This is another one of those “I can’t believe I have to address this” posts.
Eventual consistency is sometimes used as an optimization in middle tier and back end processing to help balance the load on busy servers and provide a scalable architectures. In client-centered applications like large Web sites, the idea is to respond . . . → Read More: Eventual consistency and client applications
If you’re looking for examples of Congressional idiocy, it’s hard to beat the story of $1 Billion That Nobody Wants. In short, there are about 1.5 billion one-dollar coins piled in bags in Federal Reserve vaults. Why? Because nobody wants them. Why is the U.S. Mint still making them? Because Congress said so.
Congress has . . . → Read More: A billion dollars that nobody wants
In religion, politics, and other endeavors, Truth is an elusive goal. Depending on your beliefs, Truth might be found in the Bible, the Torah, Koran, the Democratic Party platform, or the lessons you learned while traipsing through the woods. Truth, in most endeavors, is highly subjective.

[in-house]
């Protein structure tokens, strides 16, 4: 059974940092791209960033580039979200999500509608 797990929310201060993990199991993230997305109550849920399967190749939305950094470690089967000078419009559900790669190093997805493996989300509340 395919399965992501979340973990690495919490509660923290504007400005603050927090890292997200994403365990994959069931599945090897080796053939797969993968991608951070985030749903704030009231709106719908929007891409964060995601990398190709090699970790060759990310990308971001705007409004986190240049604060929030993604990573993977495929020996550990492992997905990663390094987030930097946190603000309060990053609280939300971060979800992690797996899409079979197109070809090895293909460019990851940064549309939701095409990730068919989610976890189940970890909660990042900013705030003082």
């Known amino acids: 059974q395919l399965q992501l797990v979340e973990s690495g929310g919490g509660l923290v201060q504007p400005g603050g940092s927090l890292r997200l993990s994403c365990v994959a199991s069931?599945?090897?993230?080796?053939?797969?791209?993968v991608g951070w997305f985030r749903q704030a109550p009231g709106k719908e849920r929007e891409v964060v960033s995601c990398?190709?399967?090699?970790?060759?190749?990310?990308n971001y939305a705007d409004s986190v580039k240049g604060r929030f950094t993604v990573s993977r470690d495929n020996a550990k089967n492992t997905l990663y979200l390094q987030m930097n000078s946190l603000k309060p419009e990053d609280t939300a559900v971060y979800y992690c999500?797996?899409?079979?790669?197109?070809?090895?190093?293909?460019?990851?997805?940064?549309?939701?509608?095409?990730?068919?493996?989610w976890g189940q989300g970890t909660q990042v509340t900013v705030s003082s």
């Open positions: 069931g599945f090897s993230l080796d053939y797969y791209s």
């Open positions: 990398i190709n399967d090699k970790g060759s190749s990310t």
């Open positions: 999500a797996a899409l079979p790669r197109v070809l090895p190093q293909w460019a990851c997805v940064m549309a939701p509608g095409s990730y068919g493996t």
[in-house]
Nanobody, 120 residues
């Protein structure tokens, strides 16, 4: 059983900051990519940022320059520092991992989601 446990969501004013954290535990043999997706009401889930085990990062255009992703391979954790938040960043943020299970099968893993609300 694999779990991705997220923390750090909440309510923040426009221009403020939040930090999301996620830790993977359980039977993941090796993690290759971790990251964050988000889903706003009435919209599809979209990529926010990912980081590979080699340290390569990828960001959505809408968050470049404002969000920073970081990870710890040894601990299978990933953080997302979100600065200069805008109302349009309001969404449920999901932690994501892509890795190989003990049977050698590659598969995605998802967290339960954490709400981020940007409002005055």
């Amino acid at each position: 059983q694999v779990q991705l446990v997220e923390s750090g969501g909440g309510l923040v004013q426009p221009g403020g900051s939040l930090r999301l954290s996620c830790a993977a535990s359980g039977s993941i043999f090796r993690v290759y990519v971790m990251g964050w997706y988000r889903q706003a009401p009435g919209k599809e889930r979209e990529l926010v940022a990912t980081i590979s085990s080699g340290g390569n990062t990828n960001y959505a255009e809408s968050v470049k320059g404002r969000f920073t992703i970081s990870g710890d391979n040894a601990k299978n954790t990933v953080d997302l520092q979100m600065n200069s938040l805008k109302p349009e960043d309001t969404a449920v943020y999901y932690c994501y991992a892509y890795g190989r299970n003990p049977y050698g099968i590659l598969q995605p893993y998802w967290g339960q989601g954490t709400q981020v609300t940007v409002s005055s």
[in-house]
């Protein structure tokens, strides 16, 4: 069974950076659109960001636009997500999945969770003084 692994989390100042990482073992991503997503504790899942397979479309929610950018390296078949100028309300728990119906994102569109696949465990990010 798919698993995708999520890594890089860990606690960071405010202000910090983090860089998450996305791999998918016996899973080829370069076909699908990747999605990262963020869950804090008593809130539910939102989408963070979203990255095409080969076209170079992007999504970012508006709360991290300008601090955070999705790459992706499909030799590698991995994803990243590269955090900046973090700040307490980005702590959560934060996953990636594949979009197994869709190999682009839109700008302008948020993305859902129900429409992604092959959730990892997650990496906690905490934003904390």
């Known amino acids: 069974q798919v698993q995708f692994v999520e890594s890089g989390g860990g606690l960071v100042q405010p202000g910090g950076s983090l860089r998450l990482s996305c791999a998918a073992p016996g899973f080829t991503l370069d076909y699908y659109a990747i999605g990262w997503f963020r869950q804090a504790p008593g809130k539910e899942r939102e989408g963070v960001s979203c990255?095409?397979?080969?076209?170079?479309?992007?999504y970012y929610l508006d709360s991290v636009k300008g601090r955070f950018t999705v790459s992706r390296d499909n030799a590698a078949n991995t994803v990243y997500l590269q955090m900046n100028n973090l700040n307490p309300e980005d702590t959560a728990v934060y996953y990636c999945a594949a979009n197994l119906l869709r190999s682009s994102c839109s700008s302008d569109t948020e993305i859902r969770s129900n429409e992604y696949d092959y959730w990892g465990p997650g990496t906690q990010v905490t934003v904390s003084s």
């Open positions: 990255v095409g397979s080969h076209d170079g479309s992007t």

Truth is subjective in programming, too. If you have . . . → Read More: There is one source of Truth
My friend and business partner David Stafford recently posted a blog entry, .Net’s Sort Is Not Secure. Don’t Use It. Here’s a Better One, in which he shows that the .NET sort implementation (used by Array.Sort and List.Sort, and possibly others) can easily be made to exhibit pathological behavior.
How bad is it? You can . . . → Read More: Why you shouldn’t use the .NET sort
The term “technical debt“, as commonly used, refers to the eventual consequences of poor software design or development practices. The Wikipedia article and most other references consider technical debt to be a Very Bad Thing. The literature is filled with examples of development projects whose combined technical debt eventually killed or seriously hampered the company.
. . . → Read More: In Praise of Technical Debt
You’re probably wondering if this is really necessary. Believe me, I’m a bit surprised by it myself. But every day I see evidence that supposedly competent programmers don’t understand this fundamental point.
What am I talking about?
Let’s say you have two lists. One is a list of accounts and the other is a list . . . → Read More: Half of forever is still forever